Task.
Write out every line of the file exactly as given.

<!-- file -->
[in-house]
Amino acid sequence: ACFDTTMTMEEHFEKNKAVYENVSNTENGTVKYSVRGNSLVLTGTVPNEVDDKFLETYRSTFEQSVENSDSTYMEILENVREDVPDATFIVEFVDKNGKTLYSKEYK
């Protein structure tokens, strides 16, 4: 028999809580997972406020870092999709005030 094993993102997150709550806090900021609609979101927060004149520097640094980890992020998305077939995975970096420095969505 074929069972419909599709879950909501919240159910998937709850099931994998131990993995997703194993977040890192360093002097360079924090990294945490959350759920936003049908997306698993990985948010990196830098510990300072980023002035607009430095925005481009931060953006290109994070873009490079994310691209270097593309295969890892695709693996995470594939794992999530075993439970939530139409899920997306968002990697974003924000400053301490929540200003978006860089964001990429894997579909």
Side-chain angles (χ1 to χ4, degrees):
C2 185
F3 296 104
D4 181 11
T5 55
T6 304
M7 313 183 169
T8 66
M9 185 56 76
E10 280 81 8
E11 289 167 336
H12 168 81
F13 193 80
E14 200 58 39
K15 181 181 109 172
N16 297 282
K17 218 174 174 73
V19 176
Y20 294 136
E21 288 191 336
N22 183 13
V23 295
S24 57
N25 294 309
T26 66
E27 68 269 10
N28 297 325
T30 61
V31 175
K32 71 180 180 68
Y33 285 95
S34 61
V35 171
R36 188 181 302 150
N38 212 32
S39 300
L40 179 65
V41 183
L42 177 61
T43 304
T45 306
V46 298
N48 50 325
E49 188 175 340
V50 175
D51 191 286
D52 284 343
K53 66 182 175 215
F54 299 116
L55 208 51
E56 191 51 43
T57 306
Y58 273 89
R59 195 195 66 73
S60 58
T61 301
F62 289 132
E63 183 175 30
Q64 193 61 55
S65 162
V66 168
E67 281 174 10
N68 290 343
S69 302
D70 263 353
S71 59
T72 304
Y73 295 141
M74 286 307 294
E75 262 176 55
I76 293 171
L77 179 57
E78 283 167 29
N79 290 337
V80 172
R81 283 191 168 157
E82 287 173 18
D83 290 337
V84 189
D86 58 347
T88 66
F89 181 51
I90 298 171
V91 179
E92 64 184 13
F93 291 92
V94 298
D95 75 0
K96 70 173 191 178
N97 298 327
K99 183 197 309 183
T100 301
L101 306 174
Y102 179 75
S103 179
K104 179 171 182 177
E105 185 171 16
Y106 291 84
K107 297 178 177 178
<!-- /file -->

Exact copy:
[in-house]
Amino acid sequence: ACFDTTMTMEEHFEKNKAVYENVSNTENGTVKYSVRGNSLVLTGTVPNEVDDKFLETYRSTFEQSVENSDSTYMEILENVREDVPDATFIVEFVDKNGKTLYSKEYK
């Protein structure tokens, strides 16, 4: 028999809580997972406020870092999709005030 094993993102997150709550806090900021609609979101927060004149520097640094980890992020998305077939995975970096420095969505 074929069972419909599709879950909501919240159910998937709850099931994998131990993995997703194993977040890192360093002097360079924090990294945490959350759920936003049908997306698993990985948010990196830098510990300072980023002035607009430095925005481009931060953006290109994070873009490079994310691209270097593309295969890892695709693996995470594939794992999530075993439970939530139409899920997306968002990697974003924000400053301490929540200003978006860089964001990429894997579909």
Side-chain angles (χ1 to χ4, degrees):
C2 185
F3 296 104
D4 181 11
T5 55
T6 304
M7 313 183 169
T8 66
M9 185 56 76
E10 280 81 8
E11 289 167 336
H12 168 81
F13 193 80
E14 200 58 39
K15 181 181 109 172
N16 297 282
K17 218 174 174 73
V19 176
Y20 294 136
E21 288 191 336
N22 183 13
V23 295
S24 57
N25 294 309
T26 66
E27 68 269 10
N28 297 325
T30 61
V31 175
K32 71 180 180 68
Y33 285 95
S34 61
V35 171
R36 188 181 302 150
N38 212 32
S39 300
L40 179 65
V41 183
L42 177 61
T43 304
T45 306
V46 298
N48 50 325
E49 188 175 340
V50 175
D51 191 286
D52 284 343
K53 66 182 175 215
F54 299 116
L55 208 51
E56 191 51 43
T57 306
Y58 273 89
R59 195 195 66 73
S60 58
T61 301
F62 289 132
E63 183 175 30
Q64 193 61 55
S65 162
V66 168
E67 281 174 10
N68 290 343
S69 302
D70 263 353
S71 59
T72 304
Y73 295 141
M74 286 307 294
E75 262 176 55
I76 293 171
L77 179 57
E78 283 167 29
N79 290 337
V80 172
R81 283 191 168 157
E82 287 173 18
D83 290 337
V84 189
D86 58 347
T88 66
F89 181 51
I90 298 171
V91 179
E92 64 184 13
F93 291 92
V94 298
D95 75 0
K96 70 173 191 178
N97 298 327
K99 183 197 309 183
T100 301
L101 306 174
Y102 179 75
S103 179
K104 179 171 182 177
E105 185 171 16
Y106 291 84
K107 297 178 177 178